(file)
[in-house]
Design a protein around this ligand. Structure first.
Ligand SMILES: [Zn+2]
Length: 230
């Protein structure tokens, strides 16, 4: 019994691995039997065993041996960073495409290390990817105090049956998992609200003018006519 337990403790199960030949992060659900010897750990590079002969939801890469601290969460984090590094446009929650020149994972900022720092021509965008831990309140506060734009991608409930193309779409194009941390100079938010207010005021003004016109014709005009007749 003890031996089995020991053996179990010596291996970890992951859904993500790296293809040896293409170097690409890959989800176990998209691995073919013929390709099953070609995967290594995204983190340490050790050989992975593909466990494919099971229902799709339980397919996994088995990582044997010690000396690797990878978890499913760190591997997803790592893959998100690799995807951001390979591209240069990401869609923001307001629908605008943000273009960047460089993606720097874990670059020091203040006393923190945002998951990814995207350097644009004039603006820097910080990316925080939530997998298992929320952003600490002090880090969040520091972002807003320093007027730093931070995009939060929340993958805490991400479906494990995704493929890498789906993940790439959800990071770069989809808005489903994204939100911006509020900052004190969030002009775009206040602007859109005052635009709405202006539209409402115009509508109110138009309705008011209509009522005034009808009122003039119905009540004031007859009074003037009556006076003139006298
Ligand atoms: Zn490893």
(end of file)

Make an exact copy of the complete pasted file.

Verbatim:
[in-house]
Design a protein around this ligand. Structure first.
Ligand SMILES: [Zn+2]
Length: 230
């Protein structure tokens, strides 16, 4: 019994691995039997065993041996960073495409290390990817105090049956998992609200003018006519 337990403790199960030949992060659900010897750990590079002969939801890469601290969460984090590094446009929650020149994972900022720092021509965008831990309140506060734009991608409930193309779409194009941390100079938010207010005021003004016109014709005009007749 003890031996089995020991053996179990010596291996970890992951859904993500790296293809040896293409170097690409890959989800176990998209691995073919013929390709099953070609995967290594995204983190340490050790050989992975593909466990494919099971229902799709339980397919996994088995990582044997010690000396690797990878978890499913760190591997997803790592893959998100690799995807951001390979591209240069990401869609923001307001629908605008943000273009960047460089993606720097874990670059020091203040006393923190945002998951990814995207350097644009004039603006820097910080990316925080939530997998298992929320952003600490002090880090969040520091972002807003320093007027730093931070995009939060929340993958805490991400479906494990995704493929890498789906993940790439959800990071770069989809808005489903994204939100911006509020900052004190969030002009775009206040602007859109005052635009709405202006539209409402115009509508109110138009309705008011209509009522005034009808009122003039119905009540004031007859009074003037009556006076003139006298
Ligand atoms: Zn490893």